The reinforcing material 32 is in one embodiment a mesh material which may comprise fiberglass, nylon, polyester, or other material having similar properties with respect to the purpose for which the reinforcing material 32 is added to the roof system of FIG. 2. That is that the material will add tensile strength, rigidity, transverse strength, etc. to the roof system. The reinforcement, if fiberglass, adds fire protection for polystyrene rigid roof insulations from exterior fire sources. Referring now to FIG. 3 one of ordinary skill in the art will again recognize that much of the figure is similar to the foregoing figures with places the reinforcing material 32 very near or at the top surface of foam 28. The reinforcing material may be installed in this position by locating material 32 at the top surface of foam 28 prior to curing thereof and may then be sprayed over or urged into foam 28. It is noted that in some applications it may be desirable to utilize slow rising foam in place of faster rising foam 28 for purposes of increasing adherence between the foam layer and the reinforcing material 32. With respect to both FIGS. 2 and 3 the waterproofing membrane 30 is installed as was indicated with respect to FIG. 1.
Referring now to FIG. 4 this roofing system could be applied to an existing metal building that did not employ an insulated type roofing system when originally manufactured or built but rather simply utilized the metal deck 14 as the roof system. This disclosed roofing system could also be utilized on a new metal building the builder of which desires a better roofing system initially. It is worth pointing out that metal decking which is utilized for metal buildings is generally configured with the high flute 40 being narrow and the low flute 42 being relatively wide which in the industry tends to be 12 to 16 inches in width. Because of the wide low flute it is desirable when installing a roof system thereon to utilize expanded polystyrene flute fillers 44 to effectively level the roof surface prior to installing upwardly adjacent layers. In this embodiment fillers 44 are effectively glued in place by slow rise foam 46 which has been sprayed over the deck 14 relatively uniformly in all locations but, of course, in accordance with the former teachings of this application, with particular attention paid to penetrations of the roof deck in order to prevent air leakage therethrough. Slow rise foam 46 is utilized in this regard in order to provide time for roof installers to position flute filler 44 prior to curing of material 46. Subsequent to the installation of the flute filler 44 a relatively uniform coating of slow rise material 48 is sprayed over the entirety of the roof and insulation 50, generally in board form, is set into slow rise material 48 prior to curing thereof in order to adhere the insulation 50 to the underlying roof component removing the need for metal fasteners for insulation 50 which would otherwise create thermal bridges through that insulation as has been evident in prior art roof structures.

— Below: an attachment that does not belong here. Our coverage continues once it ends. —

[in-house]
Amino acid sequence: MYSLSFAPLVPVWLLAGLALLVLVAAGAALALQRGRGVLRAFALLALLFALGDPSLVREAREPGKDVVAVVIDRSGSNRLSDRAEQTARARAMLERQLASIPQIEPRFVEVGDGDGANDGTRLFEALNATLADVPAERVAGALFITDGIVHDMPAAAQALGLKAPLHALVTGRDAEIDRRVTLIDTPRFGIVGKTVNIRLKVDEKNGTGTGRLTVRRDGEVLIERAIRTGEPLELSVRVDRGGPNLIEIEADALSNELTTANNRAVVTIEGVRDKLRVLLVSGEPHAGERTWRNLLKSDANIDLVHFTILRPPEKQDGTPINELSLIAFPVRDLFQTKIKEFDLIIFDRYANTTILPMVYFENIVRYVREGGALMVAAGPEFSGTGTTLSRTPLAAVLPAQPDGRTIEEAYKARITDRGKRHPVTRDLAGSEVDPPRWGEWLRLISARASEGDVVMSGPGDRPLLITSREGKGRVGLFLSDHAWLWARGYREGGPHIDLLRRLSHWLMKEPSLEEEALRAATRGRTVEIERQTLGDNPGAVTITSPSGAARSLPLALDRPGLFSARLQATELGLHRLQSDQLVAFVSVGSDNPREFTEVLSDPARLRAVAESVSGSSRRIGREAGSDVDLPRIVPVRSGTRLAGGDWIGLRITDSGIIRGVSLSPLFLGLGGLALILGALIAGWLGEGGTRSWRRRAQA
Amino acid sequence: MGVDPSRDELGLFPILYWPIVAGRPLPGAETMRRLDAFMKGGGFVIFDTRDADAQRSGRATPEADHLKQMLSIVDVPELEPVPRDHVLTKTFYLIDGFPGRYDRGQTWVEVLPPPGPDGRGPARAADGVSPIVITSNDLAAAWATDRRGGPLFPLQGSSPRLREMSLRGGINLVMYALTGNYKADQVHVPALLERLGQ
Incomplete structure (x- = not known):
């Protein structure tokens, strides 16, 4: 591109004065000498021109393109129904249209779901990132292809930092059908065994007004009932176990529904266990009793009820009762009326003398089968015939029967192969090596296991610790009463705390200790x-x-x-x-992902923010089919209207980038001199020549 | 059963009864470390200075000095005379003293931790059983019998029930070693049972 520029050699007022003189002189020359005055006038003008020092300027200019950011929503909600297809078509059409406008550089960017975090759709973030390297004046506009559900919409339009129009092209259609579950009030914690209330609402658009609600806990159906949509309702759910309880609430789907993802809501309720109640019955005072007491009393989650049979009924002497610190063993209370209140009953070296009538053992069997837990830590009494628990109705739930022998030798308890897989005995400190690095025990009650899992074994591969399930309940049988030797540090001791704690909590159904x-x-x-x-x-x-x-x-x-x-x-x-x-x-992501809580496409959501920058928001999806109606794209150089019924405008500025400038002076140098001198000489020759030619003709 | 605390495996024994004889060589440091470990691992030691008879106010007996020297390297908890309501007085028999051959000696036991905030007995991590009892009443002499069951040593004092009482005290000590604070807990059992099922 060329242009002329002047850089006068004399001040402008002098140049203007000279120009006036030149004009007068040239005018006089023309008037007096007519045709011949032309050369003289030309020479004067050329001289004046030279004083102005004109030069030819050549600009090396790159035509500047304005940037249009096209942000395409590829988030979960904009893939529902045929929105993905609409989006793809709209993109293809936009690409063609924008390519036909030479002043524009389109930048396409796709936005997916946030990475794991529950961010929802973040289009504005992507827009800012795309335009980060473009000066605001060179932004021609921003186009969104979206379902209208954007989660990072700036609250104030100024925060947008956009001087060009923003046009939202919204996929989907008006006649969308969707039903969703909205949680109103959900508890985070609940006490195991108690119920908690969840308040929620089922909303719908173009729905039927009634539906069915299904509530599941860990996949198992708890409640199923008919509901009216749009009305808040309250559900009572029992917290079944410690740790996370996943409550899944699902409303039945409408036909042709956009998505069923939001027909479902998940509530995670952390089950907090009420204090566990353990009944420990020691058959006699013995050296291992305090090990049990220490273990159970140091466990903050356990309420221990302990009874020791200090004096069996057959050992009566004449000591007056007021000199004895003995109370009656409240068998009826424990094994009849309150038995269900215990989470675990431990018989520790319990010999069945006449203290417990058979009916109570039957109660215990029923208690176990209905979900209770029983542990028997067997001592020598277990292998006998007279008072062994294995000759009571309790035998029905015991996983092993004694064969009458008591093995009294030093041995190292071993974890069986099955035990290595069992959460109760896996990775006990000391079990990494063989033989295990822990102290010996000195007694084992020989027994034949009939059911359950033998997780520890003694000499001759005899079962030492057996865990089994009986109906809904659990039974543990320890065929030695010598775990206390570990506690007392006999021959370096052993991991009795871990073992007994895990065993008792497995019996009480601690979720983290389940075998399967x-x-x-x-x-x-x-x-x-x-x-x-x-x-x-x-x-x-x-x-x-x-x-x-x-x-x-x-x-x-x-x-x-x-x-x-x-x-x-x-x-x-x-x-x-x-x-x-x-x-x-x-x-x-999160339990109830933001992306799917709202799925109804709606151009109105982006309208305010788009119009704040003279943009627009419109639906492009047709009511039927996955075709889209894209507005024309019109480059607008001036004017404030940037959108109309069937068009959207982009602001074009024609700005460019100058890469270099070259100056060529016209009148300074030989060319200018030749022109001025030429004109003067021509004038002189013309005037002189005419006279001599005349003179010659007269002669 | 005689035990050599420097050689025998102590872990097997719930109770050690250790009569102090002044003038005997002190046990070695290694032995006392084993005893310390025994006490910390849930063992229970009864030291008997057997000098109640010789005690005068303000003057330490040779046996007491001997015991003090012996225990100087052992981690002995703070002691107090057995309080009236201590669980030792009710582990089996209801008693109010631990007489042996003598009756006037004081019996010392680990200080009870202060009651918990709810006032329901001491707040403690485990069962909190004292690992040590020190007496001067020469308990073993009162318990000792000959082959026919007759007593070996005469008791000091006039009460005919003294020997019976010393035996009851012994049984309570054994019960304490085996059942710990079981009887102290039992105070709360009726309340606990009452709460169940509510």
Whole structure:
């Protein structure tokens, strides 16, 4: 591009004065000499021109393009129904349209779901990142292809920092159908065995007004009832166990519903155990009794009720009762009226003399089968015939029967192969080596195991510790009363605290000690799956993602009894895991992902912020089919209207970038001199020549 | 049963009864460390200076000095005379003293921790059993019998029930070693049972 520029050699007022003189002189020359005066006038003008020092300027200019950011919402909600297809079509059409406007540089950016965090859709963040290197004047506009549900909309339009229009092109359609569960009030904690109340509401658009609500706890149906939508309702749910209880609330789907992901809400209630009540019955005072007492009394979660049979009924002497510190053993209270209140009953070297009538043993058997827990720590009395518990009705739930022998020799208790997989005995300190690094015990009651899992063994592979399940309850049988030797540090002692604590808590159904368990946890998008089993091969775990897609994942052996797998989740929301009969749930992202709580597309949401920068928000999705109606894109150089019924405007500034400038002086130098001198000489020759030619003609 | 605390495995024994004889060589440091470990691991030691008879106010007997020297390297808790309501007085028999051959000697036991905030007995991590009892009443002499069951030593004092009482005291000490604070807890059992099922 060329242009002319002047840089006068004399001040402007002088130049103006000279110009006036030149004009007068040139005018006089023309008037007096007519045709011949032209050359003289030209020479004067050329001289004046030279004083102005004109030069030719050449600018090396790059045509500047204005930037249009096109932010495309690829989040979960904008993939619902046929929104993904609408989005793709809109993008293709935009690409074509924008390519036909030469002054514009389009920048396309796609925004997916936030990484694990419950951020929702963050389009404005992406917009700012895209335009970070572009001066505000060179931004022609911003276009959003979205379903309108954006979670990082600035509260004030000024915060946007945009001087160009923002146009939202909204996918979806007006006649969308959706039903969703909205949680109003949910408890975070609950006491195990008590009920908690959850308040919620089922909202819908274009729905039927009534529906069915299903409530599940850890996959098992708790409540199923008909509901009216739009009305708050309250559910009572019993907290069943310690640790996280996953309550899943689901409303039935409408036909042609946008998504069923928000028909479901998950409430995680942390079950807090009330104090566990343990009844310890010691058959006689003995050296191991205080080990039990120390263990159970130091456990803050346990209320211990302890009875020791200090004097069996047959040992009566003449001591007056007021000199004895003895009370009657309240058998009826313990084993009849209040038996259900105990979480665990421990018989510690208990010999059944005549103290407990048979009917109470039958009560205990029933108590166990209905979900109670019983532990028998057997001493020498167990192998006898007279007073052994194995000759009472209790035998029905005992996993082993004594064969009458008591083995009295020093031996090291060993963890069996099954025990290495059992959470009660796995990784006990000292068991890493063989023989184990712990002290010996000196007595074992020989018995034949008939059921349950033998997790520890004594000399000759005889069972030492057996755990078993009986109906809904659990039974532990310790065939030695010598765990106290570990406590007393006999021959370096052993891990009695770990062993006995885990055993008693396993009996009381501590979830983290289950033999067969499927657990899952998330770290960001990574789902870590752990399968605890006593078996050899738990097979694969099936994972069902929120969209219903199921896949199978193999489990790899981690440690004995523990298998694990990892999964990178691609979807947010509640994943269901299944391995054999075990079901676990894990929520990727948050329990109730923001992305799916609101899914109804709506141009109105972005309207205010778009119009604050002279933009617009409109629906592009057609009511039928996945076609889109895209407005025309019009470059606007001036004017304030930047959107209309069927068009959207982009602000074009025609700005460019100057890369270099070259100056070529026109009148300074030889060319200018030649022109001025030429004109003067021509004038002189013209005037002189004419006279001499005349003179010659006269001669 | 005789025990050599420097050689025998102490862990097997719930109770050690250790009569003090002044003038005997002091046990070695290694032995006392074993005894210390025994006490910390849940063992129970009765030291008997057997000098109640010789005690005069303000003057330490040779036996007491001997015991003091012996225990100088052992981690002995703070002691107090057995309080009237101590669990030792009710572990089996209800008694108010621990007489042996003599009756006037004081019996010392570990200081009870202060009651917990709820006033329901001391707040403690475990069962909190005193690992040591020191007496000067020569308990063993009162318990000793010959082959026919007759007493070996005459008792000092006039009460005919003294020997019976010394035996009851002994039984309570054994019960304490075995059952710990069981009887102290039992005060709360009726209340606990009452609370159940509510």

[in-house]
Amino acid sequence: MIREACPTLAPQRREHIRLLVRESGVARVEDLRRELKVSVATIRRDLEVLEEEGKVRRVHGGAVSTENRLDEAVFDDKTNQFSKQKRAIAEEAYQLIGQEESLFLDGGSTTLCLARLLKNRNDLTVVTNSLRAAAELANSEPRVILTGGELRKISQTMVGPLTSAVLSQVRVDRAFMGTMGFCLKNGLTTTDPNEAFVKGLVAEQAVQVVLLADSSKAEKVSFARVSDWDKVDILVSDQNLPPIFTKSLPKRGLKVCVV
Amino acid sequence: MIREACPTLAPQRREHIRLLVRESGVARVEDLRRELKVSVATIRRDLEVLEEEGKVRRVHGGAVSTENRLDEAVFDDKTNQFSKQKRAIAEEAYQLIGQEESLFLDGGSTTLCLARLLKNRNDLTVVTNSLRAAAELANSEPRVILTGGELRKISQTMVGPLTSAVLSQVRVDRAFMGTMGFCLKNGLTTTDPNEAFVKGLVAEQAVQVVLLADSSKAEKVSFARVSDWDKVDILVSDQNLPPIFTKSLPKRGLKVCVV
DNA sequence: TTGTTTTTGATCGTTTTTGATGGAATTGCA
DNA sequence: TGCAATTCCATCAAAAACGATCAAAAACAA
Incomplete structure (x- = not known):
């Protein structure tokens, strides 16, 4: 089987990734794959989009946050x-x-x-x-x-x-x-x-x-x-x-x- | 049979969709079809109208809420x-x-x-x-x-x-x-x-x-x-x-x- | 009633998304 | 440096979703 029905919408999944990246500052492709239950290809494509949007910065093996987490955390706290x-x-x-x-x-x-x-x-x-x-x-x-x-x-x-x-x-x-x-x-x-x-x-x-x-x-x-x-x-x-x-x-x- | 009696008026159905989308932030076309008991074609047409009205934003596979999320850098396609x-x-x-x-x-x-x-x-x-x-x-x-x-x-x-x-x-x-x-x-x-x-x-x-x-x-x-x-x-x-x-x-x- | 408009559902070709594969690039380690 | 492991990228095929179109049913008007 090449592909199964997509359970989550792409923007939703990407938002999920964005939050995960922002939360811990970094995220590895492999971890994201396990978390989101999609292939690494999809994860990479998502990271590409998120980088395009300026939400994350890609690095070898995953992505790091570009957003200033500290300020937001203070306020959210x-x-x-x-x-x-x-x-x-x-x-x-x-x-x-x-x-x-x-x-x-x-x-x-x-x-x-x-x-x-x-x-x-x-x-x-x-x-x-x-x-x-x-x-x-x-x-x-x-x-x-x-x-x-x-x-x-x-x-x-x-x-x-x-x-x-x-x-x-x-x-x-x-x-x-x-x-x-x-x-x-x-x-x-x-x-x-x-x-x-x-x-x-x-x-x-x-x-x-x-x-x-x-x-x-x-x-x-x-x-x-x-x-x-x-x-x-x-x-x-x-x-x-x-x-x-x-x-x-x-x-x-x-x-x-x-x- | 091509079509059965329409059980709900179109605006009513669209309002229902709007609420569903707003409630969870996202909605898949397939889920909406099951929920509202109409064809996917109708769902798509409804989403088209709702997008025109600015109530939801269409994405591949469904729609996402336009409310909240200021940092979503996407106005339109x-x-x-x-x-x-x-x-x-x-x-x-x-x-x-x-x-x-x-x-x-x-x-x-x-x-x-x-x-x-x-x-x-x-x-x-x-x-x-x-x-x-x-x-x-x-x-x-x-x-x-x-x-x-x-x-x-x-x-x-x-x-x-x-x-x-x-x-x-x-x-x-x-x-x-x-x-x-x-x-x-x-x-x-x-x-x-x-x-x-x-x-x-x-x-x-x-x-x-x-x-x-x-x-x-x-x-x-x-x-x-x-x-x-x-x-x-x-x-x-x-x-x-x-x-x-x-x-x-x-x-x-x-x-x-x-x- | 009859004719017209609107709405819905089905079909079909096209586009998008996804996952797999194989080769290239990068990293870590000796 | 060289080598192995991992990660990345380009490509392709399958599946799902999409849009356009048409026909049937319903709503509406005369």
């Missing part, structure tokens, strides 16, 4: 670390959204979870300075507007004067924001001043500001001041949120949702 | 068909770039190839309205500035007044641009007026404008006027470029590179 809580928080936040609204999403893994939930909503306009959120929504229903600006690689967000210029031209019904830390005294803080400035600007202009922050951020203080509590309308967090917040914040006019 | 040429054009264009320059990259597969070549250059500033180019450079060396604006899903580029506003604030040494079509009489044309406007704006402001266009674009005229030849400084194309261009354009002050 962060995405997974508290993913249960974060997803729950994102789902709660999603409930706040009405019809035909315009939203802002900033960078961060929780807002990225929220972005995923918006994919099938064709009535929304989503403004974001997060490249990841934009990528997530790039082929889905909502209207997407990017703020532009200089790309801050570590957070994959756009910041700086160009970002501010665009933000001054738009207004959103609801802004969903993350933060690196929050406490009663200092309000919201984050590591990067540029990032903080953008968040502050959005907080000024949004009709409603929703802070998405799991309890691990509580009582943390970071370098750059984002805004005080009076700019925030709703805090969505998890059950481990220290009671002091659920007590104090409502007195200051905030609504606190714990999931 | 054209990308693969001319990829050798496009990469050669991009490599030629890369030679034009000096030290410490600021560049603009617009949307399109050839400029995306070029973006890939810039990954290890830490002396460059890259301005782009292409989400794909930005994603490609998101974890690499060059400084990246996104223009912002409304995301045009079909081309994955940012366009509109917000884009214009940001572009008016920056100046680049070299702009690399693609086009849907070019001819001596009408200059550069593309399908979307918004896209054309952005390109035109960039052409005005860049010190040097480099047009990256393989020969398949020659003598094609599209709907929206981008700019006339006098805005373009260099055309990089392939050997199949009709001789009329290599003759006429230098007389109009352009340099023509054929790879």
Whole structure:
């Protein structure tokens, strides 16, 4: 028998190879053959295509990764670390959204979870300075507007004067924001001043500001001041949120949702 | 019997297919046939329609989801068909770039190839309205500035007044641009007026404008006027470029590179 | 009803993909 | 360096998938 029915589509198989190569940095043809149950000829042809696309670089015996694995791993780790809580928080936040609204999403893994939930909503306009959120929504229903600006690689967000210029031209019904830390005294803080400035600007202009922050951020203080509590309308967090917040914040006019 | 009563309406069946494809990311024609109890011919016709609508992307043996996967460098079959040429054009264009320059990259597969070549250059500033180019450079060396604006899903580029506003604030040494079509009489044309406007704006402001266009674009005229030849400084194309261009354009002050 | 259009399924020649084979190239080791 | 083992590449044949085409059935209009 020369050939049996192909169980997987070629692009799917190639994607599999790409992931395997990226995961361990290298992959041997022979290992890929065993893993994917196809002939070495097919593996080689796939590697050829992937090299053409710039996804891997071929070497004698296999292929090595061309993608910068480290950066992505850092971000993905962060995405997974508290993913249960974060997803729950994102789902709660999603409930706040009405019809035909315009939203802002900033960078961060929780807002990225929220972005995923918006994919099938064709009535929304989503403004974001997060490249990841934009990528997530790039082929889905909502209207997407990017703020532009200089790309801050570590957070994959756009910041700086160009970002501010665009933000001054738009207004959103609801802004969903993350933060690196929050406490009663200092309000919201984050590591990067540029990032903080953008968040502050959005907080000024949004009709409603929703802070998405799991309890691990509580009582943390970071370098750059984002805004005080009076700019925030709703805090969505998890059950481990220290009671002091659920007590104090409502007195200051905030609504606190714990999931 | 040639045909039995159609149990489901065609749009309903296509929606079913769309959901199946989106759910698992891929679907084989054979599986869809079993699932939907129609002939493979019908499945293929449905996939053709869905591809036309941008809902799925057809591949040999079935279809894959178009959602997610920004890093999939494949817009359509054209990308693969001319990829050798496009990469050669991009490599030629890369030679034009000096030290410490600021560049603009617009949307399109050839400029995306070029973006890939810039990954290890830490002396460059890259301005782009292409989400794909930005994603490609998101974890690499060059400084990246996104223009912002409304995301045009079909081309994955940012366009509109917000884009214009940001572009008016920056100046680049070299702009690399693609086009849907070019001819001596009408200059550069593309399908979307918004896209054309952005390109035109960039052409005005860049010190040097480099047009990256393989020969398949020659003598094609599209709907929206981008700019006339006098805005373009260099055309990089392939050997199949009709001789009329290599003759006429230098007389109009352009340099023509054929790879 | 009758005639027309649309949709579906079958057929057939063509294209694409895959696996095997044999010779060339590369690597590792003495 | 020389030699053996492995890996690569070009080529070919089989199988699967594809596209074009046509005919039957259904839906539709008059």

Since it is well known in the art that insulation 50, particularly if it is polystyrene or polyisocyanurate insulation cannot be left open to the elements therefore spray foam layer 52 is applied to the top surface 54 of insulation 50 to seal and protect the same. In one embodiment foam 52 would be about an inch thick. As in the foregoing embodiments the temporary roof structure is created without membrane 30 but membrane 30 will be desirably be installed upwardly adjacent the foam layer 52 when work on the building is completed.
Referring now to FIG. 5, one of ordinary skill in the art will recognize some of the components of this figure are similar to those of FIG. 4 and therefore are numbered similarly in this embodiment. No insulation layer 50 is utilized but rather thicker sections of foam are utilized instead. In addition, a reinforcing layer 32 is installed. One method of installing this roof system starts as does the FIG. 4 embodiment with slow rise foam 46 adhering flute fillers 44 to low flutes 42 of the deck 14. Immediately upwardly adjacent flute fillers 44, a layer of foam 60 is applied which is, in one embodiment, about a half inch thick or thicker. It is again to be understood that this measurement is for exemplary and comparative purposes rather than for limiting purposes. More or less spray foam could be used at will. Reinforcing material 32, which may be a mesh material such as a fiberglass, nylon, polyester or other similar property mesh as was the case in the foregoing embodiments, is positioned upwardly adjacent foam layer 62. In the event that foam layer 62 utilizes slow rise foam, reinforcing material 32 is likely to be adhered to that foam. In the event that a fast rising/fast curing foam layer 60 is utilized it is possible that the reinforcing layer 32 may not adhere to layer 60. Reinforcing layer 32 is mechanically fastened by fastener 62 through foam layer 60, through flute filler 44 and through deck 14 to mechanically attach the roof system to the deck. While a mechanical fastener is utilized herein which raises concern about thermal bridging effects, it is noted that the fastener does not bridge all the way to the top surface of the roofing system and therefore the thermal bridging effects of the prior art are lessened or nullified in this embodiment. Subsequent to mechanically attaching the reinforcing material 32 to the roof deck an additional layer of foam material 64 is applied to a top surface of the mesh 32. This may be of any thickness but in one embodiment will be about a half inch. As in the foregoing embodiments, once cured layer 64 the roof is temporarily water sealed and building construction activity across and thereon is permissible. Once work is done with respect to the building, the roofing membrane 30 is installed upwardly adjacent the top surface of foam layer 64 in a conventional way such as loose laid, fully adhered, mechanically attached, etc.